Jamaican farmers’ groups meet to discuss new training opportunities

I have to say, I worry for Jamaican farmers. At the same time, I admire them greatly for their tenacity and willingness to achieve results, no matter what. The former Agriculture Minister Floyd Green started an “Agriculture in Bloom” programme to give women farmers extra support. I am not sure whether it is still going, but I do feel that women already play a key role as small farmers (and I do not use “small” in a derogatory way!) Be that as it may, farmers face enormous challenges.

If it were only so simple (and if farmers had access to funds to do all of this…)

I get very distressed by television news reports of precious (valuable) goats that have disappeared overnight from farms, and crops that have been dug up just as they are ripening by thieves. The threats posed by climate change cannot be understated, either. Farmers have already lost crops through prolonged droughts and equally, through heavy rains and flooded fields. And today is Day One of the 2022 hurricane season.

Talking to a farmer in Ridge Red Bank, St. Elizabeth. I took this photo in March, 2019 during a field trip with Voices for Climate Change.

So, it is always good to see that options are being explored to offer farmers (who among other things, badly need some financial solutions!) training of various kinds, so that they can take advantage of opportunities that are indeed out there, but not always accessible enough.

Today, the Food and Agriculture Organisation of the United Nations (FAO) in Jamaica invited six farmers’ organisations to a workshop at the Courtleigh Hotel in Kingston (and on Zoom) with the FAO’s Representative for Jamaica, The Bahamas and Belize Dr. Crispim Moreira; Minister of Agriculture and Fisheries Hon. Pearnel Charles, Jr; and Mr. Mr. Juan Moreno, PROCASUR Corporation. Here are the details from the FAO’s Jamaica office. Hopefully, it was a productive day.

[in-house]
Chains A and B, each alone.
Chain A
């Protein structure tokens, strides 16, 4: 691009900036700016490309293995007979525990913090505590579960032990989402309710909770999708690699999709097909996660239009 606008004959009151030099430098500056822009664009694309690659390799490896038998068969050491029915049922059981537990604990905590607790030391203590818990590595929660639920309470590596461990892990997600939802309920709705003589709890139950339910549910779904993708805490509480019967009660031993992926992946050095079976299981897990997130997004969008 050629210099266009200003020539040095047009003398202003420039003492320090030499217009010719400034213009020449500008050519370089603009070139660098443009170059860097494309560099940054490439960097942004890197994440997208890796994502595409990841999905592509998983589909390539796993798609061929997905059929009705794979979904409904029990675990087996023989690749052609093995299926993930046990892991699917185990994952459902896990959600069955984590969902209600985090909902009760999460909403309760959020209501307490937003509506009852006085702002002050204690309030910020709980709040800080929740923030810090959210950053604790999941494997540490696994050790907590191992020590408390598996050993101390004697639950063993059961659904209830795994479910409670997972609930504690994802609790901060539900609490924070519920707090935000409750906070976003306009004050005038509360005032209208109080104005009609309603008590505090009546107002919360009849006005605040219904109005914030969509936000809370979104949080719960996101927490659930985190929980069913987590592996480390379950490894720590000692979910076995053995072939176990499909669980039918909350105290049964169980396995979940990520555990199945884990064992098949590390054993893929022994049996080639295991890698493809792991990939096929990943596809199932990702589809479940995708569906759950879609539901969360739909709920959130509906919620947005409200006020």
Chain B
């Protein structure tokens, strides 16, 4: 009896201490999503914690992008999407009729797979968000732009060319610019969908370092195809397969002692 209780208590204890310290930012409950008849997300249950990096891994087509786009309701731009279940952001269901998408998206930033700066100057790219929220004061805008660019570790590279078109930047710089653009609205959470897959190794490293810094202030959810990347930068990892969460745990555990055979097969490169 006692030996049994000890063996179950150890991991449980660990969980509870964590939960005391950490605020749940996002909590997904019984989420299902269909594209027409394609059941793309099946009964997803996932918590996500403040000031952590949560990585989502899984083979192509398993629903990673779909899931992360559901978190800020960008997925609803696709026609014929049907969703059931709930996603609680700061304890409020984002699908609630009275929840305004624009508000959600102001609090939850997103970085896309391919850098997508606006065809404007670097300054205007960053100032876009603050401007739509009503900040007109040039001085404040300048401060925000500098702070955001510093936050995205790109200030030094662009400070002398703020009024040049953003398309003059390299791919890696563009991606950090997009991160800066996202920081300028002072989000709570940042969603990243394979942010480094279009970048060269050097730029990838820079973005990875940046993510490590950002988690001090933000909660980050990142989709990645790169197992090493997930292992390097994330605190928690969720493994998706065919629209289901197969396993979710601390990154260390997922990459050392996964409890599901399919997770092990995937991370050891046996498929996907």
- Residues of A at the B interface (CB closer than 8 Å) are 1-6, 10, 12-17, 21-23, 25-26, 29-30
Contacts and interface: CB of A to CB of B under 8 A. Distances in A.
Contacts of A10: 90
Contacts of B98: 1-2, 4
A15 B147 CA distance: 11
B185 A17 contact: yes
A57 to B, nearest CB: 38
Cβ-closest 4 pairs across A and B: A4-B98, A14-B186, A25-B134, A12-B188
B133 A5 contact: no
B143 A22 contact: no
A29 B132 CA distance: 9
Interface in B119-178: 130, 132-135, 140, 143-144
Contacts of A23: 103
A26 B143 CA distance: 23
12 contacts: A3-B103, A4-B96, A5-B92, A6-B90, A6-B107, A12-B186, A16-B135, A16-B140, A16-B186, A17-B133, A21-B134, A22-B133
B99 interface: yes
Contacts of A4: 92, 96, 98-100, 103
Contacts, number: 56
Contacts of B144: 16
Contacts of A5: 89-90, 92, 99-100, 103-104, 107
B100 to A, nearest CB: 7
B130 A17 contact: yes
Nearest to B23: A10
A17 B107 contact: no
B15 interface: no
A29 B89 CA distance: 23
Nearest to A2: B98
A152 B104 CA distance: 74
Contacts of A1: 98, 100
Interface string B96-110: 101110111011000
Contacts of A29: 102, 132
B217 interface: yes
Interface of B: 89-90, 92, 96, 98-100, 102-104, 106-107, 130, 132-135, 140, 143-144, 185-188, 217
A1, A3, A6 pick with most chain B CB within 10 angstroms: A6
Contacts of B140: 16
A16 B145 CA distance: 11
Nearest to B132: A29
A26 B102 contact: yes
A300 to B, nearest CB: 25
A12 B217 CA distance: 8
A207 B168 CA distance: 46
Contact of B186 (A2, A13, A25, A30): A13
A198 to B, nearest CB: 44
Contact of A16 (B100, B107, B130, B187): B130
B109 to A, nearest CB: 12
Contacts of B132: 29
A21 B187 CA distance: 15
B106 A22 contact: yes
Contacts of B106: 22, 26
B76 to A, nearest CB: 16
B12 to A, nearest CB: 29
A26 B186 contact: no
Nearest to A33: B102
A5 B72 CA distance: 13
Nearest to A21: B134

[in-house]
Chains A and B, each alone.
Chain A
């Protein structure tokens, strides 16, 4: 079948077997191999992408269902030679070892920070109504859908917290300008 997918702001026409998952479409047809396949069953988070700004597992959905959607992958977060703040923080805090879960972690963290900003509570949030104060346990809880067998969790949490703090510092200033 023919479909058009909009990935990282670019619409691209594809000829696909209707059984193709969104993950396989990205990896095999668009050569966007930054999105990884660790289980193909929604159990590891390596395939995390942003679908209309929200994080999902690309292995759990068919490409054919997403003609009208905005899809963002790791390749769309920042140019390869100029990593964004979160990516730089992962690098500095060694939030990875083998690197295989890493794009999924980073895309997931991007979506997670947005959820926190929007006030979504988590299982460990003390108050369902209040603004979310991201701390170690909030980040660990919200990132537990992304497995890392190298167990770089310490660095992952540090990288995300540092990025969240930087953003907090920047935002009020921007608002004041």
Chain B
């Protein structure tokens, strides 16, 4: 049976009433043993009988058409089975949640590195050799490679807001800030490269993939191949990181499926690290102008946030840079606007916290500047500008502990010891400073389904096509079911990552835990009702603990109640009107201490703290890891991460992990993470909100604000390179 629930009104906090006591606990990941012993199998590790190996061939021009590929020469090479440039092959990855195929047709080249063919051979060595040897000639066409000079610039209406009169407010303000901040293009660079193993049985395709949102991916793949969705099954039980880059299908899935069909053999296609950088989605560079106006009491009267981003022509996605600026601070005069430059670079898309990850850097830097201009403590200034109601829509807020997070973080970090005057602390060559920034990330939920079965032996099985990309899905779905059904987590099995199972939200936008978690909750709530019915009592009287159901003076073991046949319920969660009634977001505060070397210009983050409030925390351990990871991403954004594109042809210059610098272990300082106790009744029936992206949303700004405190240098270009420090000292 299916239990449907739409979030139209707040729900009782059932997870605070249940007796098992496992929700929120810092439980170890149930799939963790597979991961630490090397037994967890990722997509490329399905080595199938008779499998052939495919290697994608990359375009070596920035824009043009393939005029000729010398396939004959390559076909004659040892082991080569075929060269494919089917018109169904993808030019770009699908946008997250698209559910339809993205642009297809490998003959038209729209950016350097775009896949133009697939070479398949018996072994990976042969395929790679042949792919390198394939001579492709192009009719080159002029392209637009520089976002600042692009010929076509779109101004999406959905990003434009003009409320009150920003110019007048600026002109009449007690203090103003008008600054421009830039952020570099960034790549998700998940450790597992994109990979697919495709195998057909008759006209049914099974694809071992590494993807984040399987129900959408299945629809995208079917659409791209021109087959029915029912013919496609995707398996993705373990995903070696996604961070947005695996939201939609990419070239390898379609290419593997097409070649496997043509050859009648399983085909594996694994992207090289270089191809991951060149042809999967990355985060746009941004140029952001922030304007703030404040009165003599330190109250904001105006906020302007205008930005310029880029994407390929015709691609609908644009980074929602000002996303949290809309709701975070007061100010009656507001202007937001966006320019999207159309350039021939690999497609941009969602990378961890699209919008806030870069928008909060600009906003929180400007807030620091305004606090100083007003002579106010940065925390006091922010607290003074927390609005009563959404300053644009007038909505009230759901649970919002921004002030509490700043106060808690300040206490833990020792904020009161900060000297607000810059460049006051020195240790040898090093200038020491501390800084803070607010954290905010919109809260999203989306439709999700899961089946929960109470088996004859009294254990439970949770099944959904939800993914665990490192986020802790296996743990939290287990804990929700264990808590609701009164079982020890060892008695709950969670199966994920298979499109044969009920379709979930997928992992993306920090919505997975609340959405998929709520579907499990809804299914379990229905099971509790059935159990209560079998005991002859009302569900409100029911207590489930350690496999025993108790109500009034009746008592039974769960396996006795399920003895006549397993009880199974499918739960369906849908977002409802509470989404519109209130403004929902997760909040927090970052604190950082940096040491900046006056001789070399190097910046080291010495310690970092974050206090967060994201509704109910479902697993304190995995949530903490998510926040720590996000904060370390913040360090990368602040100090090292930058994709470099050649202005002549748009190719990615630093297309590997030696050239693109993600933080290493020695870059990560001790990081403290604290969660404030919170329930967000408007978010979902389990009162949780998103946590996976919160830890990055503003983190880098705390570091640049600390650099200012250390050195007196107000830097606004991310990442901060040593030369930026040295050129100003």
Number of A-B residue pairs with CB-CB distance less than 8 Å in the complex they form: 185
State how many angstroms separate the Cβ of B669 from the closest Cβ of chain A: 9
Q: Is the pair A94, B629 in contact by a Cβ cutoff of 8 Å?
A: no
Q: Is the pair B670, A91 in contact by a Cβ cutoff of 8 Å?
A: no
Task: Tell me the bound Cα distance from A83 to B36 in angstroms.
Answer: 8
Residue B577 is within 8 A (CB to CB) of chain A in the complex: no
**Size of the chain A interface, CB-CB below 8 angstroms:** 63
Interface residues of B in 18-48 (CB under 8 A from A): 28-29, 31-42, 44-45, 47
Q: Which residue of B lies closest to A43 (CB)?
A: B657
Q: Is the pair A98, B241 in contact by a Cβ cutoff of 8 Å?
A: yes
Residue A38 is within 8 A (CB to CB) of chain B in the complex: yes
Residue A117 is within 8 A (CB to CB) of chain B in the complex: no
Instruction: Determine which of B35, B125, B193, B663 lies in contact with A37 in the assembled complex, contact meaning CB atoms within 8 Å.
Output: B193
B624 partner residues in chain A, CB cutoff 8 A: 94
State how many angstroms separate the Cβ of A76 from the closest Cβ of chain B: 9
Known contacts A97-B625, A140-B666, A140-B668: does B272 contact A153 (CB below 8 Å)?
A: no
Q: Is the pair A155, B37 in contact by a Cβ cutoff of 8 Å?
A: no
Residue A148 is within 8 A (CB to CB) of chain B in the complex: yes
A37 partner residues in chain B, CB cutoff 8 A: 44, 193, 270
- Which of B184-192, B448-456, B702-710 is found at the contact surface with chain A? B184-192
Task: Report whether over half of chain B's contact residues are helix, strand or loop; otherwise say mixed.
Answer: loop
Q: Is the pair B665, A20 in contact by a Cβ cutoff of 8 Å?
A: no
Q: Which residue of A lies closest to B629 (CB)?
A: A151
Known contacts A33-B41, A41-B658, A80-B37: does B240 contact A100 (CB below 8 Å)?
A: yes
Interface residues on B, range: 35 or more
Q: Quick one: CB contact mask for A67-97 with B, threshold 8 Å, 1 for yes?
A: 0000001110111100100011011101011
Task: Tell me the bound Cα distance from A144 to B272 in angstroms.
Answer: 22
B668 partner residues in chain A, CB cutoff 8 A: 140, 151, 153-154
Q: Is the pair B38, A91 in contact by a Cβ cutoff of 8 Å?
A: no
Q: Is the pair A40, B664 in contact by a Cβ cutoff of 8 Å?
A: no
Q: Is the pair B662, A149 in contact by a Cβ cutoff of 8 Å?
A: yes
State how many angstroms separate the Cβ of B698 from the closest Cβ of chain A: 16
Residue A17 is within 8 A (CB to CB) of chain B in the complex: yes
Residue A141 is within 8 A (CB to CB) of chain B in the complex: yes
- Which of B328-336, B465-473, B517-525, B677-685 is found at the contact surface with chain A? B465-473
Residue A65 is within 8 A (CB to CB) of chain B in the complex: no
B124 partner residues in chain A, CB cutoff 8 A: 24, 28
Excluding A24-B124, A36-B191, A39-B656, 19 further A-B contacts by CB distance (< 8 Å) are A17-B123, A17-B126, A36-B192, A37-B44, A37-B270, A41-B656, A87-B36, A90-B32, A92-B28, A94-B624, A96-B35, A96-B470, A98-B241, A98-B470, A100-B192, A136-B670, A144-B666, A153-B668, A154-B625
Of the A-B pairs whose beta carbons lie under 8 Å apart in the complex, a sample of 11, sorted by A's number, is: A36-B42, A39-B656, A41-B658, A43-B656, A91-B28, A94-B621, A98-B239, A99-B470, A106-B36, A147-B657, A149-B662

A farmer waters her crop by hand in St. Elizabeth. (My photo)

Farmers’ Organizations to chart course for increasing their incomes

Six Farmers’ Organizations will gather to discuss how they can benefit from targeted training to support farmers in increasing their production and incomes.

On Wednesday, June 1, 2022, facilitated through the Farmers’ Organizations for Africa, Caribbean and the Pacific (FO4ACP) Programme, the Food and Agriculture Organization of the United Nations (FAO) in collaboration with the Ministry of Agriculture and Fisheries (MOAF) and PROCASUR Corporation will gather key Jamaican stakeholders and experts to identify new training opportunities for farmers. The workshop will also discuss and agree on the multi-dimensional issues related to the challenges faced by smallholder farmers in Jamaica.

Many Jamaican smallholder farmers face challenges including limited access to productive and sustainable assets, limited access to credit and financial solutions, limited knowledge of business management, agronomic best practices, and high costs of inputs. In response, these farmers arrange themselves into Farmers’ Organizations to leverage their combined resources to gain access to training in good agricultural practices, business planning, marketing assistance, as well as liaising with governmental and nongovernmental organizations and advocating for technical and financial support.

This workshop seeks to support these organizations whilst building a shared understanding of the underlying causes and drivers of challenges faced by small scale farmers in Jamaica and the adequacy and efficacy of Farmers’ Organizations in representing, training, and advocating, for the success and sustainability of small-scale farmers. 

The FO4ACP Programme is an initiative which focuses on increasing the capacity of small-scale producer organizations in advocating for their members. In the Caribbean Region, the FO4ACP is implemented by the FAO Regional Office for Latin America and the Caribbean, PROCASUR Corporation and AgriCord.

A farmer in Richmond Gap with seedlings. (Photo: NEPA)

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